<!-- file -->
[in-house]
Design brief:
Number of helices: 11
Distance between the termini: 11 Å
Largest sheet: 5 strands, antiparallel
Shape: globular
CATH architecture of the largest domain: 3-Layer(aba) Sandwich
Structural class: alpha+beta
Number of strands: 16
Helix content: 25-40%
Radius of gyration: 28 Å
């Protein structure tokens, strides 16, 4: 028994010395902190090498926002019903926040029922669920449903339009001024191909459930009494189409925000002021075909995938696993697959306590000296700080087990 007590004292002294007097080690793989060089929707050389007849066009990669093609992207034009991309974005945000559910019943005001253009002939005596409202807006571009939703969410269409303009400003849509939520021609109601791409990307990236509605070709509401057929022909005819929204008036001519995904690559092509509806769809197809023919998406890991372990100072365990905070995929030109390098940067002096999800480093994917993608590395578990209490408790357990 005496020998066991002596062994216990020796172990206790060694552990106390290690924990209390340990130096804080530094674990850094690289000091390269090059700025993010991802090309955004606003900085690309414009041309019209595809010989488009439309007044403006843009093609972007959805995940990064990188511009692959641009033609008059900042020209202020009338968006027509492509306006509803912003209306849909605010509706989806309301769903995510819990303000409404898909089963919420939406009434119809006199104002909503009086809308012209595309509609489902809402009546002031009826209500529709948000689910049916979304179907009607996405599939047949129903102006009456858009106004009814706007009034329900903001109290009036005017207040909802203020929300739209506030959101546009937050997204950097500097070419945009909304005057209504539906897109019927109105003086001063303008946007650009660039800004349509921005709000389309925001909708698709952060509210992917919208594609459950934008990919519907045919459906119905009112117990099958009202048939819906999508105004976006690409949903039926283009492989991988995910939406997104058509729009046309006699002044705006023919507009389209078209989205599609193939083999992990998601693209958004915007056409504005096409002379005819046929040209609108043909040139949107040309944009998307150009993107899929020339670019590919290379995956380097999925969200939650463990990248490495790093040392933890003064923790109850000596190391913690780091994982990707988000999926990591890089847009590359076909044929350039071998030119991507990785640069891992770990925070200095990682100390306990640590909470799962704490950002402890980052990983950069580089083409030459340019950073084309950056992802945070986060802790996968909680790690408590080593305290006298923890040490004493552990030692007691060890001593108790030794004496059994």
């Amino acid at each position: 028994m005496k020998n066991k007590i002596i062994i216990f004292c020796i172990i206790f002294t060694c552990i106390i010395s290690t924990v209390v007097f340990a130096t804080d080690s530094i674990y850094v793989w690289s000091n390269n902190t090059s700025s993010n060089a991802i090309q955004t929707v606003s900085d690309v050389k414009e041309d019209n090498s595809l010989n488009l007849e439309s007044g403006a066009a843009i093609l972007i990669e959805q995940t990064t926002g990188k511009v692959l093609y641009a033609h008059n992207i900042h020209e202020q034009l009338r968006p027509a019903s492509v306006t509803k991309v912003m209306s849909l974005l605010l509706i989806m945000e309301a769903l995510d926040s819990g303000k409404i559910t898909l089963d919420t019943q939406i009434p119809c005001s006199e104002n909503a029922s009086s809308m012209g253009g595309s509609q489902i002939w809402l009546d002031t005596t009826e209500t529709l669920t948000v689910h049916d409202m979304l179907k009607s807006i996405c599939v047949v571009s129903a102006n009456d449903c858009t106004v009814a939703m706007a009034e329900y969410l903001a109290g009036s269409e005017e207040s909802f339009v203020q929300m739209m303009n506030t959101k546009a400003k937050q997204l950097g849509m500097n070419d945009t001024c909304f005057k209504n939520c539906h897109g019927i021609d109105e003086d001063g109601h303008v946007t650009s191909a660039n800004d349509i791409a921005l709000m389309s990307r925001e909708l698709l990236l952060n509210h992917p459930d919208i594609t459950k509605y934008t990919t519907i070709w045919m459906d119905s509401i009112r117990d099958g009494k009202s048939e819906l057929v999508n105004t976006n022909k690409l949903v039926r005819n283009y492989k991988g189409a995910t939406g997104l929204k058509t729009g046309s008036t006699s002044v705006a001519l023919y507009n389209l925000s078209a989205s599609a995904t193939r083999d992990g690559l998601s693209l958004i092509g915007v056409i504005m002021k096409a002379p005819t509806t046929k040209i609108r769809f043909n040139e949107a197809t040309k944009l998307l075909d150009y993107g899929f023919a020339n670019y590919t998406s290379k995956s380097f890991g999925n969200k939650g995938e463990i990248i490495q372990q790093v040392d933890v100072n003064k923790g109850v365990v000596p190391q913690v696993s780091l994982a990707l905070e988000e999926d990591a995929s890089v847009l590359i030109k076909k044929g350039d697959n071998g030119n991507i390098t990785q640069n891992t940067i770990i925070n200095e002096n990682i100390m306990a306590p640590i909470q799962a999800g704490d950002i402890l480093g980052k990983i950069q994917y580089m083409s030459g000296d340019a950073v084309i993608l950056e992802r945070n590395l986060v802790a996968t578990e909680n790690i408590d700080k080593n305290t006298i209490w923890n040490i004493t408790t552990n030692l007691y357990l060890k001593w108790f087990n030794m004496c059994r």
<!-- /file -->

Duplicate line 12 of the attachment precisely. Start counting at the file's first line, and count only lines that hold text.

């Protein structure tokens, strides 16, 4: 028994010395902190090498926002019903926040029922669920449903339009001024191909459930009494189409925000002021075909995938696993697959306590000296700080087990 007590004292002294007097080690793989060089929707050389007849066009990669093609992207034009991309974005945000559910019943005001253009002939005596409202807006571009939703969410269409303009400003849509939520021609109601791409990307990236509605070709509401057929022909005819929204008036001519995904690559092509509806769809197809023919998406890991372990100072365990905070995929030109390098940067002096999800480093994917993608590395578990209490408790357990 005496020998066991002596062994216990020796172990206790060694552990106390290690924990209390340990130096804080530094674990850094690289000091390269090059700025993010991802090309955004606003900085690309414009041309019209595809010989488009439309007044403006843009093609972007959805995940990064990188511009692959641009033609008059900042020209202020009338968006027509492509306006509803912003209306849909605010509706989806309301769903995510819990303000409404898909089963919420939406009434119809006199104002909503009086809308012209595309509609489902809402009546002031009826209500529709948000689910049916979304179907009607996405599939047949129903102006009456858009106004009814706007009034329900903001109290009036005017207040909802203020929300739209506030959101546009937050997204950097500097070419945009909304005057209504539906897109019927109105003086001063303008946007650009660039800004349509921005709000389309925001909708698709952060509210992917919208594609459950934008990919519907045919459906119905009112117990099958009202048939819906999508105004976006690409949903039926283009492989991988995910939406997104058509729009046309006699002044705006023919507009389209078209989205599609193939083999992990998601693209958004915007056409504005096409002379005819046929040209609108043909040139949107040309944009998307150009993107899929020339670019590919290379995956380097999925969200939650463990990248490495790093040392933890003064923790109850000596190391913690780091994982990707988000999926990591890089847009590359076909044929350039071998030119991507990785640069891992770990925070200095990682100390306990640590909470799962704490950002402890980052990983950069580089083409030459340019950073084309950056992802945070986060802790996968909680790690408590080593305290006298923890040490004493552990030692007691060890001593108790030794004496059994």